Khartoum death camps: Another face of war’s curse

Khartoum death camps: Another face of war’s curse
Sudan conflict- AFP

The cost of the Sudanese war is increasing as the fighting continues and expands. The civilians became the easiest target with the increased use of long- and short-range artillery by both sides of the conflict, the Sudanese Armed Forces (SAF) and the Rapid Support Forces (RSF), and the constant flight of aircraft in the sky of the Sudanese capital, Khartoum.


But this is not the only aspect of the humanitarian catastrophe. There is the terrible economic situation of those stranded in the cities that are witnessing continuous bombing in Khartoum, Al-Obeid, and Nyala, in addition to the deteriorating human rights situation, especially in areas controlled by the RSF.


“Both sides violated the laws of war and did not hesitate to arrest civilians, but the members of the RSF were the cruelest transgressors,” Mohamed Al-Amin, a young Sudanese man who recently fled Khartoum, told Jusoor Post.


In response to a question about the number of missing people since the outbreak of fighting on April 15, Al-Amin said that it is difficult to estimate the number due to both sides of the conflict using the issue of missing persons in their counter-propaganda.


“Each party uses the issue of missing and forcibly disappeared persons to demonize the other party. Each party posted video clips on social media of individuals saying that they were released from the prisons of the other party. In this way, the issue of missing people is politicized and rights are lost,” he added.


Emergency Lawyers, an independent body, recently issued a report titled “Khartoum Death Prisons”. According to the report, of which Jusoor Post obtained a copy, Khartoum has turned into a large prison for civilians, where arbitrary arrests, enforced disappearances and illegal detention have increased in the prisons of the RSF and SAF.


“Detainees are subjected to wide types of torture and cruel treatment, including starvation, sexual assault and even death inside detention centers,” the report said.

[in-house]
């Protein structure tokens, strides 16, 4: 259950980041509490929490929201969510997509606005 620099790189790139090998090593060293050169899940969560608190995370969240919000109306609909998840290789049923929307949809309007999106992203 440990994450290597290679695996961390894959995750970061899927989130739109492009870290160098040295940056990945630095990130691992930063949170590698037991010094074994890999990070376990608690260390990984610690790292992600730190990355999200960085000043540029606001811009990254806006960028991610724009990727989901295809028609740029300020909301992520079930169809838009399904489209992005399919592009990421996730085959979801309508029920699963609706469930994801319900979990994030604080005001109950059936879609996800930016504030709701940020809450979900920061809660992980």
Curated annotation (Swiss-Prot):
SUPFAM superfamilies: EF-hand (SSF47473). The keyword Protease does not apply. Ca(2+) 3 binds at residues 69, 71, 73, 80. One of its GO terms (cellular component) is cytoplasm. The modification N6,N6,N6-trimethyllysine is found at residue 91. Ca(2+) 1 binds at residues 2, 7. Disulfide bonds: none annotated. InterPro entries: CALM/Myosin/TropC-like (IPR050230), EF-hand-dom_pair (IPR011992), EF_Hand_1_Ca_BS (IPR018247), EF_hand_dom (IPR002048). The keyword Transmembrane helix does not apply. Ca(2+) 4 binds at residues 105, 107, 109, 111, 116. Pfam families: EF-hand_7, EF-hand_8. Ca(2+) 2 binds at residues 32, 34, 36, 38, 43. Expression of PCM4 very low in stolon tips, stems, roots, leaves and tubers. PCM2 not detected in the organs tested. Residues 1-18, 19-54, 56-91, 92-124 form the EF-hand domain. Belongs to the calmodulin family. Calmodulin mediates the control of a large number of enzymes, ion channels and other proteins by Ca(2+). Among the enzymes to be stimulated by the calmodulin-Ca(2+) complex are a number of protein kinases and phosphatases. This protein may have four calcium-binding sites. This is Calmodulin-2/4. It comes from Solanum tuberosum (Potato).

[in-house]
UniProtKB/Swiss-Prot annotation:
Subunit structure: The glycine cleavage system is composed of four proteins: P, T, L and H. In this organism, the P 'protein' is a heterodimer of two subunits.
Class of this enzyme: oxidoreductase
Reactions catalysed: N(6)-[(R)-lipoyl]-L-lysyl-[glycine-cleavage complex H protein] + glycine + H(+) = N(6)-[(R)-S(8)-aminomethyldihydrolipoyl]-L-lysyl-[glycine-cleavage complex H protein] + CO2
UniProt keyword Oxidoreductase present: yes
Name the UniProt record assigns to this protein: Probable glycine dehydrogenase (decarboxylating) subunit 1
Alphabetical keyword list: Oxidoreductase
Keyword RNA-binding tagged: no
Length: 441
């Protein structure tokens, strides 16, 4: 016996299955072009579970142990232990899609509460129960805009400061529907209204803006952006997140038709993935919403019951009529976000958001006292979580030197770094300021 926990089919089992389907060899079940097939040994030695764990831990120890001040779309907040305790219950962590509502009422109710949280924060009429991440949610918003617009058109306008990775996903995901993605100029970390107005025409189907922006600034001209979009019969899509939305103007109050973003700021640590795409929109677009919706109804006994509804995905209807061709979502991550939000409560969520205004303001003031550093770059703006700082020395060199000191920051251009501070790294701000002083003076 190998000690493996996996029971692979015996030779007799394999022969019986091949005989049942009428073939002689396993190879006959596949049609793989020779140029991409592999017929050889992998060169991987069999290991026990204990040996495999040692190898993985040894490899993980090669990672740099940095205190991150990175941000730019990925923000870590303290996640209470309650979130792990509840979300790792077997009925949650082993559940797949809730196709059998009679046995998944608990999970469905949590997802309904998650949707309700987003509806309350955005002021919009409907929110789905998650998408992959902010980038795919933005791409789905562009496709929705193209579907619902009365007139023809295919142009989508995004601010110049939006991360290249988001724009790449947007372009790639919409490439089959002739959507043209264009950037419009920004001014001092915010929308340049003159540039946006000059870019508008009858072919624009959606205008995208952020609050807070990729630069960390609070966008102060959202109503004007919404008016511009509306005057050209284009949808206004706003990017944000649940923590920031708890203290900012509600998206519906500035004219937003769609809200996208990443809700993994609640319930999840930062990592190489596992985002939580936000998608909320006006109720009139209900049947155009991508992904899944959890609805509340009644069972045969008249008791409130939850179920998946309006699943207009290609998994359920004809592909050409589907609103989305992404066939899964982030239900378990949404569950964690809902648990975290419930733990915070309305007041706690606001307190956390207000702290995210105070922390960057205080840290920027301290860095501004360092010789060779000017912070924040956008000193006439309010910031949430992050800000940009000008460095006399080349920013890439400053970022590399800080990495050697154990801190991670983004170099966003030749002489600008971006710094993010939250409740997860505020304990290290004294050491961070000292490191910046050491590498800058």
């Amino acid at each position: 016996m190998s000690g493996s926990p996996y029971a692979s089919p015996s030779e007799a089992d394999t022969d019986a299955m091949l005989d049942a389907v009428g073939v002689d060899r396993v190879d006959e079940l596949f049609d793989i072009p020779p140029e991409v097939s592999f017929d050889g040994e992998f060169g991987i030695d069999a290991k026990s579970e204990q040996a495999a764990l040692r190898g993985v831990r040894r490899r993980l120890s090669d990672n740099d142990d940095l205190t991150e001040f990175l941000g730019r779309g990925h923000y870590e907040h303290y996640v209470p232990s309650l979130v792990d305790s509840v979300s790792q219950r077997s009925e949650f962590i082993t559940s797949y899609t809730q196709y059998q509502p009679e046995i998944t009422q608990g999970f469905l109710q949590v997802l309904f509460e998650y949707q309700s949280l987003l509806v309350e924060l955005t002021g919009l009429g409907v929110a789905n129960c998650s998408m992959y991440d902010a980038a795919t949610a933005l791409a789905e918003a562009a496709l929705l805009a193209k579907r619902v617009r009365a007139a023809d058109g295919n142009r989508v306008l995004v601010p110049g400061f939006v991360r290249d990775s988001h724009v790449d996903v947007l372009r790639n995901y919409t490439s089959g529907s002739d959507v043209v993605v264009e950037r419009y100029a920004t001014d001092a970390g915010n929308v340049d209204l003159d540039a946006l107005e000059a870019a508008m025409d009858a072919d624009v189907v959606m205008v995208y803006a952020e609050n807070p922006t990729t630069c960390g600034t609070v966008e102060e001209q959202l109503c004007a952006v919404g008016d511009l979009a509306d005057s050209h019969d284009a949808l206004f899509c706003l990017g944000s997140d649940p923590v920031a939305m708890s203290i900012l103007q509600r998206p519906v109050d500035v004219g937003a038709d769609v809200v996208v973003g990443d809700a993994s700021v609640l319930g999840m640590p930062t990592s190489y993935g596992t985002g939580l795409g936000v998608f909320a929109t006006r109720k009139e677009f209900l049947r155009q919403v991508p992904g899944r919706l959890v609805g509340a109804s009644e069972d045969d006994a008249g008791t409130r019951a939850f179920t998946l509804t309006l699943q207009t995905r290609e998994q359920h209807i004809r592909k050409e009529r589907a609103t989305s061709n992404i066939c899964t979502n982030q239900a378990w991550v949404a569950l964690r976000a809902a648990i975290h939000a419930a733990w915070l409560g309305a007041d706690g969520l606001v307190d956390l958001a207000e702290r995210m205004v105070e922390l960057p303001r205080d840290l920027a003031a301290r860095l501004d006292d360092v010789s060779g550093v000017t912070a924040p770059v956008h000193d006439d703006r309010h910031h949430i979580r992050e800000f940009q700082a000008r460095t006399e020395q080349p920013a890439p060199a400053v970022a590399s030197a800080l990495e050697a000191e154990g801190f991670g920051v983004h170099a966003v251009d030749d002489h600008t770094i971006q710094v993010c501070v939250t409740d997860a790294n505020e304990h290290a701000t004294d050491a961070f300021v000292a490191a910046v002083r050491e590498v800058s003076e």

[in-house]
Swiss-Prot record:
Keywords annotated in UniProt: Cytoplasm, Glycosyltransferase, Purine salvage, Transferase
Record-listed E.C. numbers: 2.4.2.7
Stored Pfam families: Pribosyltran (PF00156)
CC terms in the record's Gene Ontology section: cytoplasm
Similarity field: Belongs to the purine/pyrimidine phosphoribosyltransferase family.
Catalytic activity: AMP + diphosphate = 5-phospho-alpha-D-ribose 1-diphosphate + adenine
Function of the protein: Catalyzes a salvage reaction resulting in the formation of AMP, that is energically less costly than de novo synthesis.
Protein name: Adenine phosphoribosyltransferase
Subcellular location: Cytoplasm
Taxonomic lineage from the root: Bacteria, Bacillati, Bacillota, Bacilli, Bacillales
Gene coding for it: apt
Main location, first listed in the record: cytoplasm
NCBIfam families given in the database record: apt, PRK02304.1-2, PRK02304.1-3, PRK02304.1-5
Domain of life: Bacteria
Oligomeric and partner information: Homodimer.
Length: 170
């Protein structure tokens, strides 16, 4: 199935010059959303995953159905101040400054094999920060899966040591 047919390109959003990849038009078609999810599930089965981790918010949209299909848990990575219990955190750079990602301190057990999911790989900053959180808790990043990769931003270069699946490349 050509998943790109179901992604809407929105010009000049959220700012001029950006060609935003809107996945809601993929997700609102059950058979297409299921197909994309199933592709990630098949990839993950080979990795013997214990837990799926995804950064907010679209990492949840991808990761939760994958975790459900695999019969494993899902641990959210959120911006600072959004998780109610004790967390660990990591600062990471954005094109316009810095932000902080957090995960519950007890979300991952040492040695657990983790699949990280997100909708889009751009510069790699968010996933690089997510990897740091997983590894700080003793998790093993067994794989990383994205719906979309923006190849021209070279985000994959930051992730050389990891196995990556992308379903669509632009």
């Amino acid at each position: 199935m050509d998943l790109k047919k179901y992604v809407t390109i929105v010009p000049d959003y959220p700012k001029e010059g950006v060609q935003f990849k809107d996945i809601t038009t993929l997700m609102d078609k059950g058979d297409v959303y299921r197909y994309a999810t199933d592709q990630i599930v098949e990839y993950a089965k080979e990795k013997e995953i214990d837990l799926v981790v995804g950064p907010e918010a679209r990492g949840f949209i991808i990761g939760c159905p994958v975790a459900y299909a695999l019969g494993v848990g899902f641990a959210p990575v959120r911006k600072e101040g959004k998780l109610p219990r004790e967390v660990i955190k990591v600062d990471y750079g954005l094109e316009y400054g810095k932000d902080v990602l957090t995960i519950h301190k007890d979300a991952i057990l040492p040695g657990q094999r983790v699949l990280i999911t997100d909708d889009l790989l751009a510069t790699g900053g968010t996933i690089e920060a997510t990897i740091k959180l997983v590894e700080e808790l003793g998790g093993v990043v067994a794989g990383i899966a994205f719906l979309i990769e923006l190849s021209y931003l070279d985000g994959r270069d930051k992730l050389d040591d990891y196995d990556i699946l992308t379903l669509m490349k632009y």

Common Article 3 to the four Geneva Conventions of 1949, applicable during non-international armed conflicts, requires that all persons in custody, including captured combatants and civilians, be protected against “violence to life and person, in particular murder of all kinds, mutilation, cruel treatment and torture” and “outrages upon personal dignity, in particular humiliating and degrading treatment.” No sentences may be handed down except by a “regularly constituted court” meeting international fair trial standards, said a recent publication by Human Rights Watch on Sudan. 


The Sudanese Penal Code 19991 also criminalizes crimes of murder, kidnapping, luring, unlawful arrest, unlawful detention, forced labor, torture and rape.


According to the Emergency Lawyers report, the number of documented detention centers within Khartoum State reached 44 centers affiliated with the RSF and eight centers affiliated with the SAF. Some of these centers are temporary and others are permanent.


The conditions and number of detainees vary. While most RSF detention centers are in the ground floors of residential buildings or university buildings, SAF detention centers are in hangars or abandoned buildings on the margins of military bases.


“Detainees on both sides are subjected to interrogation under horrific torture, such as hanging by the legs, electric shocks, and extinguishing cigarette butts. They are also forced to do hard work, such as digging graves. Starvation is used as a means of torture by both sides of the conflict, in addition to sexual assaults against males and females,” Al-Amin told Jusoor Post.


The Emergency Lawyers report confirmed that the two parties violated several international human rights treaties, such as the International Convention on the Elimination of All Forms of Racial Discrimination, the Convention on the Elimination of All Forms of Discrimination against Women, the Convention against Torture, and the Convention on the Rights of the Child.